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An entity–relationship model (or ER model) describes interrelated things of interest in a specific domain of knowledge. A basic ER model is composed of entity types (which classify the things of interest) and specifies relationships that can exist between entities (instances of those entity types).

An entity–attribute-relationship diagram for an MMORPG using Chen's notation

In software engineering, an ER model is commonly formed to represent things a business needs to remember in order to perform business processes. Consequently, the ER model becomes an abstract data model, that defines a data or information structure which can be implemented in a database, typically a relational database.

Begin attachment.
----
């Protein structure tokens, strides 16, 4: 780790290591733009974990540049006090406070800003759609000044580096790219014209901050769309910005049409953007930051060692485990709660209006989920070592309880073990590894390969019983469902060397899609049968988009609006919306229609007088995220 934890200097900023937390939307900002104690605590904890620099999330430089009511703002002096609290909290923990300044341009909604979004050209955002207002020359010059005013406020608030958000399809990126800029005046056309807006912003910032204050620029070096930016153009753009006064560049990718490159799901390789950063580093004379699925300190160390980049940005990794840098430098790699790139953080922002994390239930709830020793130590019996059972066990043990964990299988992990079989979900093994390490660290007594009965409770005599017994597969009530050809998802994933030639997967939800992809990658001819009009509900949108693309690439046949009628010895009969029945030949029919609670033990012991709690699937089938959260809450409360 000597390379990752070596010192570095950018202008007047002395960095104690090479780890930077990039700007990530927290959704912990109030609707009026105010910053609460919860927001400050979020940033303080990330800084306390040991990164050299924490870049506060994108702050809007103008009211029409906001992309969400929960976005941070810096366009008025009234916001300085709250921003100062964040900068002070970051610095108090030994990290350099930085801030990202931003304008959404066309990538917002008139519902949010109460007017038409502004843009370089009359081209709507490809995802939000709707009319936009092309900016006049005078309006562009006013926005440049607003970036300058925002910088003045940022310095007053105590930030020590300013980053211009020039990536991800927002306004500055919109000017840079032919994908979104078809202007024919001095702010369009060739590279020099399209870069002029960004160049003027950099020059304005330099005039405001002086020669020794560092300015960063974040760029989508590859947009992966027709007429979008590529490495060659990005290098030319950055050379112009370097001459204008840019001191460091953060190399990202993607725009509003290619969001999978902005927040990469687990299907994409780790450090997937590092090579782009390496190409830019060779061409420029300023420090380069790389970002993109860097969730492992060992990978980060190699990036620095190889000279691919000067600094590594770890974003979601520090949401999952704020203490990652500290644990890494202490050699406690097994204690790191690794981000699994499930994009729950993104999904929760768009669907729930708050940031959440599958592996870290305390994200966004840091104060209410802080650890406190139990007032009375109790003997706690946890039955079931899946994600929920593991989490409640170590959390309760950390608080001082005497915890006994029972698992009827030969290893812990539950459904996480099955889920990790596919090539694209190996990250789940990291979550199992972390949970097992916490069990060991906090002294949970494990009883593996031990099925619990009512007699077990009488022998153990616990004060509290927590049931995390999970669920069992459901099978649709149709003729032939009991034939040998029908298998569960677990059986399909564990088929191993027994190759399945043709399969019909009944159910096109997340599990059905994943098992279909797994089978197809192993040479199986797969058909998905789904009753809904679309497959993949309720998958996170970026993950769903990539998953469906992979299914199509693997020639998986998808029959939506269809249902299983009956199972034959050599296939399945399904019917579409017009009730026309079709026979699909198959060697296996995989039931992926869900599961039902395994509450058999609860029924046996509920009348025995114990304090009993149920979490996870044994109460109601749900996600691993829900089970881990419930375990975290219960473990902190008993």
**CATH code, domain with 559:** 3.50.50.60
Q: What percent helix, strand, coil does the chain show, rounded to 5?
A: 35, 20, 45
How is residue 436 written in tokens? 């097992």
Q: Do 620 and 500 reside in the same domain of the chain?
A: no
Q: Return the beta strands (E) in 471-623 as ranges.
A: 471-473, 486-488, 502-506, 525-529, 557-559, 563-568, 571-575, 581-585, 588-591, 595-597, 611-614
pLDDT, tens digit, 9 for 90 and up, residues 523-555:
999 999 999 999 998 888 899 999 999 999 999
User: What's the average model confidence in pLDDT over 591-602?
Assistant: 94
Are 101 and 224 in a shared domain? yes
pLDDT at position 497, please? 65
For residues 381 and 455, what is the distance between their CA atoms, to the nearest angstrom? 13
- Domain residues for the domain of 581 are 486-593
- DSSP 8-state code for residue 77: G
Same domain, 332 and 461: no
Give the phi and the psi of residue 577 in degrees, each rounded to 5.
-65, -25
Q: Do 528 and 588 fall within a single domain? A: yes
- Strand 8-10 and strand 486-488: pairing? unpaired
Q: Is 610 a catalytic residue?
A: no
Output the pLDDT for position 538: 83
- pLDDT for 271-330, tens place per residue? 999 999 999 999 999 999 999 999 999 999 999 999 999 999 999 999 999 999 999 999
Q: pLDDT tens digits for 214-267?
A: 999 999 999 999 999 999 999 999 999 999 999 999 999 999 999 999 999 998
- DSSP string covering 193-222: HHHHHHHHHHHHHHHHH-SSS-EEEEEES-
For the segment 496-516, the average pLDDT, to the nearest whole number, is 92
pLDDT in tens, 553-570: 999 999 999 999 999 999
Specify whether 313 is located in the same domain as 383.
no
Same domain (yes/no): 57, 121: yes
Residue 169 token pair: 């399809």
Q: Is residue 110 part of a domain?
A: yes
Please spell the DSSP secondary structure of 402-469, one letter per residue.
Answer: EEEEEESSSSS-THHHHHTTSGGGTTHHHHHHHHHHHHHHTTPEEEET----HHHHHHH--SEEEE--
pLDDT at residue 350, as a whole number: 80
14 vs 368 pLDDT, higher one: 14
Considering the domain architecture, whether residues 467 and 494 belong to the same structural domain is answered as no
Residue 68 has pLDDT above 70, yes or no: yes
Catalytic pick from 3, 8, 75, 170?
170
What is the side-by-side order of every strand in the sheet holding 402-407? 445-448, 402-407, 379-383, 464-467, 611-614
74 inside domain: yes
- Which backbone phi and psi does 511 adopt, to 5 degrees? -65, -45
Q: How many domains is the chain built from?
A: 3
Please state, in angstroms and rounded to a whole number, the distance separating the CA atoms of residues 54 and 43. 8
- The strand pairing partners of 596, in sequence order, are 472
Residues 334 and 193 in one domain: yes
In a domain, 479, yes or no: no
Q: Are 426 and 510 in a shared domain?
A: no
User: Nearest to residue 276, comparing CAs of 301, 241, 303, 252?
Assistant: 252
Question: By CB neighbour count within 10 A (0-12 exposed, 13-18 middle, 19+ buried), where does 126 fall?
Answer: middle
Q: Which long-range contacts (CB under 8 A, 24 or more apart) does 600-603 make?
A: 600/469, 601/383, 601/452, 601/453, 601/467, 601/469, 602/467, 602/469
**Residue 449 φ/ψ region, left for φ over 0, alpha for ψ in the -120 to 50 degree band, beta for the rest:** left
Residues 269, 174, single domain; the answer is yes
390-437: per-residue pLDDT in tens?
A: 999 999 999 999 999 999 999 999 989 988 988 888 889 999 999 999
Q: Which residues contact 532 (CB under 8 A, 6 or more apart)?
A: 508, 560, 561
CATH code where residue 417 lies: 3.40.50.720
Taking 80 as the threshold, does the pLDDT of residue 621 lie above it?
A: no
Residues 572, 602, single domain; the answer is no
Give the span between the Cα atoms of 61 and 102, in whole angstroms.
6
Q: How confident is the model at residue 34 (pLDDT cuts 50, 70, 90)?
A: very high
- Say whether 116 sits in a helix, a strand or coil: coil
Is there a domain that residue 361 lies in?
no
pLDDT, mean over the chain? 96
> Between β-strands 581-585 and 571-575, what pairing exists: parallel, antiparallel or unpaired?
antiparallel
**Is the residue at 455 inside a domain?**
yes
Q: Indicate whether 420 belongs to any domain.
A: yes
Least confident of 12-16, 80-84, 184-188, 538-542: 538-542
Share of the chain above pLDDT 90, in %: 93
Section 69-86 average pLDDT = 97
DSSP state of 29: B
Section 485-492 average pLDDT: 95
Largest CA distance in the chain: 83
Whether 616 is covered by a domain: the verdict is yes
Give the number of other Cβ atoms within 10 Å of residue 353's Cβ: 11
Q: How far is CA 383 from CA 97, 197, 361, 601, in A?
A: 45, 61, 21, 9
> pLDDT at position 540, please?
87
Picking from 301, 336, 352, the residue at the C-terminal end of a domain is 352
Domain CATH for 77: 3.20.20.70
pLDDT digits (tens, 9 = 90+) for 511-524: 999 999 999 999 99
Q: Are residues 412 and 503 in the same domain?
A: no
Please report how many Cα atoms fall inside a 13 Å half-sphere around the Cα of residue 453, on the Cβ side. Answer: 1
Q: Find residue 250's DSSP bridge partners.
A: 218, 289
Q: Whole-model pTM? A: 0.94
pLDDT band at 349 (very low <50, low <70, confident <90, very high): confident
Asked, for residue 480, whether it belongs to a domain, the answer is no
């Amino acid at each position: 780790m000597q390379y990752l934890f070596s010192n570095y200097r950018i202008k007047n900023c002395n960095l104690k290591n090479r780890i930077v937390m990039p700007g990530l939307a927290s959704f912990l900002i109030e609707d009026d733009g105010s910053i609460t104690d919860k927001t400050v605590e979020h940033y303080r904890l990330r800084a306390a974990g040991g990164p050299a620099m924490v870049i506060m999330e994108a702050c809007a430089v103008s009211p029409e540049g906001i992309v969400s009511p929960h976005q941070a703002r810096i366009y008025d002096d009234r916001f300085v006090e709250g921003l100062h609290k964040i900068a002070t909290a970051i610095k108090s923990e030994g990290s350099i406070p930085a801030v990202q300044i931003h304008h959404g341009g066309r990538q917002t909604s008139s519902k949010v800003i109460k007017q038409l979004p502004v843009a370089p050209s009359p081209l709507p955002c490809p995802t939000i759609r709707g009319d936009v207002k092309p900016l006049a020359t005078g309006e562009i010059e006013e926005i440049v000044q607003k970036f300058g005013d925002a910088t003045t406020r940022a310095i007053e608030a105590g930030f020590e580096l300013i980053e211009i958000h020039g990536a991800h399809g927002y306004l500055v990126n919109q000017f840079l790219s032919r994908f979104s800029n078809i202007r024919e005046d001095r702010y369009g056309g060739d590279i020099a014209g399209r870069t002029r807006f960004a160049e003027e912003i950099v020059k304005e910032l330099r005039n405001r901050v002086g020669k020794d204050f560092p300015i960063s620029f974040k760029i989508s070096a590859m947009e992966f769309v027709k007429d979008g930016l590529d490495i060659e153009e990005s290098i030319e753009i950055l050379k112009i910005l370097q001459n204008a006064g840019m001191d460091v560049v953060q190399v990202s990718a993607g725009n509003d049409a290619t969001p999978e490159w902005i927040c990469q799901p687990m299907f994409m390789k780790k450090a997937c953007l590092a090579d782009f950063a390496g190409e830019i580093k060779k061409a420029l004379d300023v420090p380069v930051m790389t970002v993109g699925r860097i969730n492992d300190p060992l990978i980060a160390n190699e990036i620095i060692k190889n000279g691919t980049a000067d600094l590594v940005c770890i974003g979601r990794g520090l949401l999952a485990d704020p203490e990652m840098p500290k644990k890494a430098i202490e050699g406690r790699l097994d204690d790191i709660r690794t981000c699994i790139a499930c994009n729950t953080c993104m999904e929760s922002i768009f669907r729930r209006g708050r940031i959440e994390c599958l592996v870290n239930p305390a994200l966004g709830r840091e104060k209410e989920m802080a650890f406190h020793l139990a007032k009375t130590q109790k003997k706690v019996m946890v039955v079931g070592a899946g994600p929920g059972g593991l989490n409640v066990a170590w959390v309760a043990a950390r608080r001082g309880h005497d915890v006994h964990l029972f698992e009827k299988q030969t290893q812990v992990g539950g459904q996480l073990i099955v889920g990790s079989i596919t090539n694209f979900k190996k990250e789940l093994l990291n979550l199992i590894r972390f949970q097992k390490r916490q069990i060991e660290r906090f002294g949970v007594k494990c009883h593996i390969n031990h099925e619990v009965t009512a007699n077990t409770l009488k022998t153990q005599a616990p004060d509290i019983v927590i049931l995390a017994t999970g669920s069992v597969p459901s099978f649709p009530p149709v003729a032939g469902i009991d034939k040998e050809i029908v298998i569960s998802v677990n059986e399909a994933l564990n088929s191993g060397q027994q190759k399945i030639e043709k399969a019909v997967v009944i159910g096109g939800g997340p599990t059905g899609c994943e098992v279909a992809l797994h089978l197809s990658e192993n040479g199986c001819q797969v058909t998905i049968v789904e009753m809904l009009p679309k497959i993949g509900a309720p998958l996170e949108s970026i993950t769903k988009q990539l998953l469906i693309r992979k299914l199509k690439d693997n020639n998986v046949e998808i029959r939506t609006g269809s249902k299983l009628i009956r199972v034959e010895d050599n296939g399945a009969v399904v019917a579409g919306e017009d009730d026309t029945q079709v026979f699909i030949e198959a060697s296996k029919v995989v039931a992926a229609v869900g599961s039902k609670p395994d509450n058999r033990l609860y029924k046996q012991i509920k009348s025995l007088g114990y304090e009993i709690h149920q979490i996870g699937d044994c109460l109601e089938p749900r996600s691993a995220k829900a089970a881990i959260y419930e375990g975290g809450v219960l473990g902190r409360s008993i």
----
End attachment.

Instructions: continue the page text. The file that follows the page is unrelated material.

Entity–relationship modeling was developed for database and design by Peter Chen and published in a 1976 paper,[1] with variants of the idea existing previously, but today it is commonly used for teaching students the basics of data base structure.[2] Some ER models show super and subtype entities connected by generalization-specialization relationships,[3] and an ER model can be used also in the specification of domain-specific ontologies.

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